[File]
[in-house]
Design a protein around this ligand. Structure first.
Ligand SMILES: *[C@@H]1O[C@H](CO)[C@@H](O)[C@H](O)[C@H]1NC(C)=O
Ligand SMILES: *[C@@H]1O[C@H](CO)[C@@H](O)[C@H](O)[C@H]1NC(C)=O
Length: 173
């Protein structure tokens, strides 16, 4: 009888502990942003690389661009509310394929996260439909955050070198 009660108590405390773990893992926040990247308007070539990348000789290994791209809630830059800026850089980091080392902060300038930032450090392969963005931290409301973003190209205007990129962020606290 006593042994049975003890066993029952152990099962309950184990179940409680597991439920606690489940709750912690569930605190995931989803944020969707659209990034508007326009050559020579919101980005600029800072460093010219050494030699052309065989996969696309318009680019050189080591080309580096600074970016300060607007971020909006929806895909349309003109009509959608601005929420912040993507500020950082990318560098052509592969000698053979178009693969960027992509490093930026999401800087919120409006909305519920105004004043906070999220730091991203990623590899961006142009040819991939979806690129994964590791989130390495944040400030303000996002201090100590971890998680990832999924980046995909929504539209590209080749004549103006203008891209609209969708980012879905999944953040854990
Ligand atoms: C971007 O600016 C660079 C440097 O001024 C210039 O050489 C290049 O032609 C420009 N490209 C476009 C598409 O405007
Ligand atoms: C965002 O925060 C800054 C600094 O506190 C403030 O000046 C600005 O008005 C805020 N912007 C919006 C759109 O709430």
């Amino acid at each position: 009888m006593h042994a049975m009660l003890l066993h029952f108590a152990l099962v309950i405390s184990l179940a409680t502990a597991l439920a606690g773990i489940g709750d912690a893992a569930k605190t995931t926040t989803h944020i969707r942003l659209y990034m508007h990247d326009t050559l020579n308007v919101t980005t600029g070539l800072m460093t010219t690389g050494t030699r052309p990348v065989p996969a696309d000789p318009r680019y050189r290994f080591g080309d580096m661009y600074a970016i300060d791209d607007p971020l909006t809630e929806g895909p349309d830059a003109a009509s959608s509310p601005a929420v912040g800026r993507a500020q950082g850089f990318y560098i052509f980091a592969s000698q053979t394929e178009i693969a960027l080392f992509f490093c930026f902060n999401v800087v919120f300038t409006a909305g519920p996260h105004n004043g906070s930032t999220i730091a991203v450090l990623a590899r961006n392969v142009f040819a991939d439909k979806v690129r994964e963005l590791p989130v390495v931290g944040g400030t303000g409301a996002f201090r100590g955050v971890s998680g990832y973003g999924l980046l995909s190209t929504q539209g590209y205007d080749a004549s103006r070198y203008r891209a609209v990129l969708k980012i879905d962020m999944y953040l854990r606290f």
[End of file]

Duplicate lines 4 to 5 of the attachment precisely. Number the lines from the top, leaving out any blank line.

Ligand SMILES: *[C@@H]1O[C@H](CO)[C@@H](O)[C@H](O)[C@H]1NC(C)=O
Length: 173